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Young people drawn increasingly to cherished traditions

Updated: 2024-03-18 06:31 ( China Daily )
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A primary school student from Ordos, Inner Mongolia autonomous region, performs Ansai waist drum at their school. [Photo/Xinhua]

In October, Bie Chuancheng left her job to begin visiting guardians of intangible cultural heritage and producing short videos featuring these artisans.

Bie, a member of the post-1995 generation, had worked at a fashion company in Shanghai.

Her ambitious goal is to visit 100 inheritors of such heritage to advocate for 100 Chinese intangible cultural heritage items and skills in her own way.

"I want to present the nation's cultural heritage in an engaging, trendy, practical and modern way. I want to bridge the gap between intangible cultural heritage and modern life from my perspective, enabling young people to experience the practical application of this heritage in their daily lives," she said.

The first inheritor she visited was Wang Rulan, a national-level inheritor specializing in crafting frameless lanterns in Taizhou, East China's Zhejiang province. In February, Wang took part in a China Central Television program highlighting traditional Chinese crafts.

In her video, which received more than 40,000 likes, Bie states: "The frameless lanterns are made entirely from mulberry paper without any supporting structure. A total of 72 procedures are required to produce a single piece of the paper, and tens of thousands of needles are used to complete a lantern."

Wang, 87, who has spent more than 60 years making these intricate lanterns, was recognized in 2018 as an inheritor of the fifth batch of national-level intangible cultural heritage.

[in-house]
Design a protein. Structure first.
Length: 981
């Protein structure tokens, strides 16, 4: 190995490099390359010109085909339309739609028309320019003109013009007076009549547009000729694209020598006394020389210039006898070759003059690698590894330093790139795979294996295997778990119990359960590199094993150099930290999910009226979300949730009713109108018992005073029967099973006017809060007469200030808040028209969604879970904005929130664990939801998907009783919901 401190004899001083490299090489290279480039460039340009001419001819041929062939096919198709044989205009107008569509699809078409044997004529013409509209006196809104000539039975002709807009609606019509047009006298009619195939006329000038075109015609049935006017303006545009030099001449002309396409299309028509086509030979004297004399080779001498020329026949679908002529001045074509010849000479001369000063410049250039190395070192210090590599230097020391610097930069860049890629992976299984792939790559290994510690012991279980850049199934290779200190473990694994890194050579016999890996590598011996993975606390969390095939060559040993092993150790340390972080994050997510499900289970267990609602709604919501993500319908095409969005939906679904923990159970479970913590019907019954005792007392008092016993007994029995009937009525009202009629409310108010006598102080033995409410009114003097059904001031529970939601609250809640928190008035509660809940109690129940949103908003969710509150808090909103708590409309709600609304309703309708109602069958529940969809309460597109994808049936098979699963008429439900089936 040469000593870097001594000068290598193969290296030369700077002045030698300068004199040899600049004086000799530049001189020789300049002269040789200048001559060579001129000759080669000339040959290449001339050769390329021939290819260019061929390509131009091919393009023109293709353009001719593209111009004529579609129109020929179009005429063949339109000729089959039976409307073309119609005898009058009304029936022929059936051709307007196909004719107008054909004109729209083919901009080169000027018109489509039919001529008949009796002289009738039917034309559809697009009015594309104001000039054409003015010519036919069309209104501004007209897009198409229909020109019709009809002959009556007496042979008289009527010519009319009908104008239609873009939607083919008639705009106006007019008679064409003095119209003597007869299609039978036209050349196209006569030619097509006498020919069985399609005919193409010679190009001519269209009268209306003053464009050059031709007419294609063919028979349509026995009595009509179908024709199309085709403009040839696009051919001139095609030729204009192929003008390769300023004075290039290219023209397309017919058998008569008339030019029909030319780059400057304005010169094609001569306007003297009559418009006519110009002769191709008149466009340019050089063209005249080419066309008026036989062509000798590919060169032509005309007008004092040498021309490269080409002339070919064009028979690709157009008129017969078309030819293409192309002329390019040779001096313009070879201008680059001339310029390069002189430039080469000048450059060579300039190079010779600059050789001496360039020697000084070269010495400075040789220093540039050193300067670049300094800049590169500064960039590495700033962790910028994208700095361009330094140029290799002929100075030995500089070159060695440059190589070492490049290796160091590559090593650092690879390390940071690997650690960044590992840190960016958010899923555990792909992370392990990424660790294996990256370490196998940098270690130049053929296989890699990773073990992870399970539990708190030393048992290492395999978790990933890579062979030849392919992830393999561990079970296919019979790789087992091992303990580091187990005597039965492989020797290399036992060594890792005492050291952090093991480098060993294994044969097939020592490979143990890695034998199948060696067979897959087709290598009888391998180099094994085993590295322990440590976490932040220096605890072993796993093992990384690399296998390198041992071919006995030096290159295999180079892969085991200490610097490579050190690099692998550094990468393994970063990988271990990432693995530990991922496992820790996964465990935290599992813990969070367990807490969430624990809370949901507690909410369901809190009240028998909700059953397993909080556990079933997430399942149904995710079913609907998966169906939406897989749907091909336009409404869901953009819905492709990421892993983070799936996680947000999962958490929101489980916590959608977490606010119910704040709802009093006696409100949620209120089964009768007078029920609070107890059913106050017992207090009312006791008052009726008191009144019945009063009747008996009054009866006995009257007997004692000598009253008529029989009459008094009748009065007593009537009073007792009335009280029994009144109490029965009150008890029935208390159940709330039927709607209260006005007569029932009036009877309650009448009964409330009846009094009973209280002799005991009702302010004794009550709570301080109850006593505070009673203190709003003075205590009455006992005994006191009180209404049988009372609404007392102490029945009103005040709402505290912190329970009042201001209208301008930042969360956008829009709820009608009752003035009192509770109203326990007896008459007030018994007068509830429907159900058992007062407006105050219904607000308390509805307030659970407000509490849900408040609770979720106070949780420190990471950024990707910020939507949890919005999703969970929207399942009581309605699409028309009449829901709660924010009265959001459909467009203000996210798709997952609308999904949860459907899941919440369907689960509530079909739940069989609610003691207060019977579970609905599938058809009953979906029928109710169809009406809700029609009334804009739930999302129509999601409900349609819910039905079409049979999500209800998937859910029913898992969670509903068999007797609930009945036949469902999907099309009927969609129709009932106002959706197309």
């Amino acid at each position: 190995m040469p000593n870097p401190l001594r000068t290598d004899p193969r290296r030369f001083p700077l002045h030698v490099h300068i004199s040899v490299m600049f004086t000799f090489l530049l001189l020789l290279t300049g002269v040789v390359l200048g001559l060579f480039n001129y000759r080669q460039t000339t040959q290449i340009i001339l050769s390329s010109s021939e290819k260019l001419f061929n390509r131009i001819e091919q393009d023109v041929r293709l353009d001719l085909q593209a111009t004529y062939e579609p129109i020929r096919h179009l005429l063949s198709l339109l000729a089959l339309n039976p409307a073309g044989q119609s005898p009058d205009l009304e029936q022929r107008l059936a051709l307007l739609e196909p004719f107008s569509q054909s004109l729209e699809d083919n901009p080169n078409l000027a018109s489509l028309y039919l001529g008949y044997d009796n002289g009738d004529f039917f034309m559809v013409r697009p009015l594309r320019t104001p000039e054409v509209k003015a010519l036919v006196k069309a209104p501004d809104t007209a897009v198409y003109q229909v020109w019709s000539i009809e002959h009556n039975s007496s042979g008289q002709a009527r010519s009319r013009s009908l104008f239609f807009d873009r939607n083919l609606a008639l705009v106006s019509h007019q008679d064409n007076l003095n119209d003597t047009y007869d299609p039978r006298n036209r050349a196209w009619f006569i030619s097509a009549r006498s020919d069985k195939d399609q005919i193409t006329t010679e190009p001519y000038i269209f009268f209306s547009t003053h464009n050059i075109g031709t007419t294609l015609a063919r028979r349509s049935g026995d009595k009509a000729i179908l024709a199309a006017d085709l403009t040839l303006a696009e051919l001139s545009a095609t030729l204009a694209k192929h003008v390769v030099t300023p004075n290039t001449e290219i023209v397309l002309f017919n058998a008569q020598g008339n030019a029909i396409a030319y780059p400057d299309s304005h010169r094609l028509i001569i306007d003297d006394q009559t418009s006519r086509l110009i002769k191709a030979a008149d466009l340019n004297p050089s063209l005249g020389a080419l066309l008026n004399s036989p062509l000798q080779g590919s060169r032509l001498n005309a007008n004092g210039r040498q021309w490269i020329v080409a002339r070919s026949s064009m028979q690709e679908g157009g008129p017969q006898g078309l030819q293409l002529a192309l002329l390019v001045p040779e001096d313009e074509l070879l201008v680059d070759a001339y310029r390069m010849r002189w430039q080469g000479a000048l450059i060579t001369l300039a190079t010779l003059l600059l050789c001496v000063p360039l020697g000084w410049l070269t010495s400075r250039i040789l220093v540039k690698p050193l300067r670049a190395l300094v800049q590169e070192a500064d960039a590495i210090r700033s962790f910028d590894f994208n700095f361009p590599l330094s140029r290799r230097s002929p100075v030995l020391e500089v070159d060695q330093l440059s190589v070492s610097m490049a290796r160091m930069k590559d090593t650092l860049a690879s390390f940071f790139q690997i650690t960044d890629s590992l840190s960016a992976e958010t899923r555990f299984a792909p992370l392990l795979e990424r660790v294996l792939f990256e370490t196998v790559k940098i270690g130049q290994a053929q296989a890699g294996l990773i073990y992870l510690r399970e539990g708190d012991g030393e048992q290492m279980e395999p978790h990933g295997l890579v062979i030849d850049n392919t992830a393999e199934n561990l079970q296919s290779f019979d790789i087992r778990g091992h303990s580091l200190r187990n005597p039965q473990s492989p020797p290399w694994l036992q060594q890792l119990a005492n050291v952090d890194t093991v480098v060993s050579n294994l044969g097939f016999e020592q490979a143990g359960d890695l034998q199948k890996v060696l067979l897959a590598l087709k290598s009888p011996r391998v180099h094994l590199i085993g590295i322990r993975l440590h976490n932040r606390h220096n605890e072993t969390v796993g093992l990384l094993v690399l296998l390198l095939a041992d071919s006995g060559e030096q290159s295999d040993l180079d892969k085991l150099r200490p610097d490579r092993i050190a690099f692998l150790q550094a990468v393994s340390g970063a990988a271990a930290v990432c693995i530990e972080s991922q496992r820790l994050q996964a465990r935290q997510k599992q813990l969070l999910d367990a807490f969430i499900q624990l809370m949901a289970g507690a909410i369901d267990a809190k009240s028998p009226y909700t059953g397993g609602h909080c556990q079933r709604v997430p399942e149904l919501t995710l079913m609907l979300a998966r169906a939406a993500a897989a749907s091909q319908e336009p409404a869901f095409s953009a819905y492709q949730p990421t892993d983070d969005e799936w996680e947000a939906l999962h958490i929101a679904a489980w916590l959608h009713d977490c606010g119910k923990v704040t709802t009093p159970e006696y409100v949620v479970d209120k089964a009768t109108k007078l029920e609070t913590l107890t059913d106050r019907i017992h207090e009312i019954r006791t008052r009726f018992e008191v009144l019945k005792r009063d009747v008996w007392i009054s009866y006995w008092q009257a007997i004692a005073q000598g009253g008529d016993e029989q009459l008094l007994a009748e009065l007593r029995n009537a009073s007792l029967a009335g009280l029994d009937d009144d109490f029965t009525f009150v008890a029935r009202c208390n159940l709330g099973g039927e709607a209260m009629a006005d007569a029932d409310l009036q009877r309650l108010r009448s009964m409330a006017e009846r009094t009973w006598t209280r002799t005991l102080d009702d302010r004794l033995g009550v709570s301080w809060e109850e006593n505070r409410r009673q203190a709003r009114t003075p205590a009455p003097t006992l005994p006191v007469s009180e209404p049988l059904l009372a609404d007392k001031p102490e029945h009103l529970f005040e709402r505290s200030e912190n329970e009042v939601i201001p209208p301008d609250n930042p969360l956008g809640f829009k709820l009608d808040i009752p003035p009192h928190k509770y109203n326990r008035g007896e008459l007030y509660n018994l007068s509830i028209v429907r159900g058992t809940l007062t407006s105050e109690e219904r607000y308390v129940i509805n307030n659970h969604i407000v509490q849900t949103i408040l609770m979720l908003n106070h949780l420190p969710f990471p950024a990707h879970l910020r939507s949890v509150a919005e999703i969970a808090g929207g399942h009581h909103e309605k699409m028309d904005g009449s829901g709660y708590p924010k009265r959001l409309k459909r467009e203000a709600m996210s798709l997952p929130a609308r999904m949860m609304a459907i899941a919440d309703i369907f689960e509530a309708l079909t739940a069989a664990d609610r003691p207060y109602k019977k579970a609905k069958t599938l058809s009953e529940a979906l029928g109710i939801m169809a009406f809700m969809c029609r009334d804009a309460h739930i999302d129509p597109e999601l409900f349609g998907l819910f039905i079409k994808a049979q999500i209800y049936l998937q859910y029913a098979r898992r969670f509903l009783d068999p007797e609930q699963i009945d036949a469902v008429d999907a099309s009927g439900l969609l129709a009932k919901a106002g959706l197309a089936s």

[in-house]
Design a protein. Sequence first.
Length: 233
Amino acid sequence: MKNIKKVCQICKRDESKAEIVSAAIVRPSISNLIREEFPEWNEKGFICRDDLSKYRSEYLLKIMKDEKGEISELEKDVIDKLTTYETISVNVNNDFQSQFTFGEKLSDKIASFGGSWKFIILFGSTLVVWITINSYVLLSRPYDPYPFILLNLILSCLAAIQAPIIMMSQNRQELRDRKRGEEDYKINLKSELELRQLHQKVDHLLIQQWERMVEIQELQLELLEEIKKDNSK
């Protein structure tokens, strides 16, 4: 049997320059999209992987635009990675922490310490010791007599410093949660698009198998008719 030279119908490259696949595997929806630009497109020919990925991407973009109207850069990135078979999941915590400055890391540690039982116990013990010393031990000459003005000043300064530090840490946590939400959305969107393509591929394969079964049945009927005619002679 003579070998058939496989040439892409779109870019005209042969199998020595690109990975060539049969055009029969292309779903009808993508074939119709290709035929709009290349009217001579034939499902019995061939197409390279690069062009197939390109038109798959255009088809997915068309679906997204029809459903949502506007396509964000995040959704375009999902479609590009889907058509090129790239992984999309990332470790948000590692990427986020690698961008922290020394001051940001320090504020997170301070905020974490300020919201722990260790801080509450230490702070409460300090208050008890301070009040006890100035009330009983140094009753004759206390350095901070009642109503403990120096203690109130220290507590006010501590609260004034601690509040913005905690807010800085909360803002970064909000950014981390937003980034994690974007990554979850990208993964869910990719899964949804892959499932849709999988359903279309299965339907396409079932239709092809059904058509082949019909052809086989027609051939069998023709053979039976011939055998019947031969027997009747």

Bie said: "Wang's dedication to this craft is unwavering. During holidays, she warmly welcomes anyone interested in visiting her home to see the lanterns. She has been incredibly supportive of my efforts. Making these lanterns is time-consuming, and she even prepares steamed sweet potatoes for me to eat and invites me to stay at her home."

Intangible cultural heritage artisans are always willing to share and spread their knowledge to young audiences, Bie said. More important, she said there is a growing interest among the younger generation in learning about such heritage through social media.

Within a few months, Bie's account on Xiaohongshu, the Chinese lifestyle platform, had attracted more than 40,000 followers and over 170,000 likes and saves.

"Over 90 percent of my followers are younger than 35. Many young people are genuinely interested in intangible cultural heritage, but previously, there were only a limited number of ways in which people could learn about this ancient craft," she said.

"Over the past year or two, there has been a surge in related content on social media, leading to a heightened awareness of traditional culture among young people."

The 2023 Intangible Cultural Heritage Data Report released by the Douyin short-video platform shows the platform aired an average of 19,000 livestream broadcasts on intangible cultural heritage every day, with an average of 13 new items per minute that included content related to this topic.

Furthermore, in 2021 and 2022, the total number of views of videos related to national-level intangible cultural heritage projects shown on the platform reached 372.6 billion.

The 2019 Digital New Youth Research Report indicated that nearly 90 percent of the young people surveyed expressed an interest in traditional culture.

When it comes to learning about traditional culture, 80.5 percent of young people rely on online media as their primary source of knowledge, the report said.

Gao Lu, a lecturer at Nanjing Normal University's School of Journalism and Communication, said social media platforms, especially those showing short videos, have become the main way in which young people obtain information about traditional culture.

Official data indicate that as of December 2022, the number of short-video users in China reached 1 billion. Gao added that new media technologies present traditional culture to young people in unprecedented ways, leading to increased interest and a deeper understanding of this subject.

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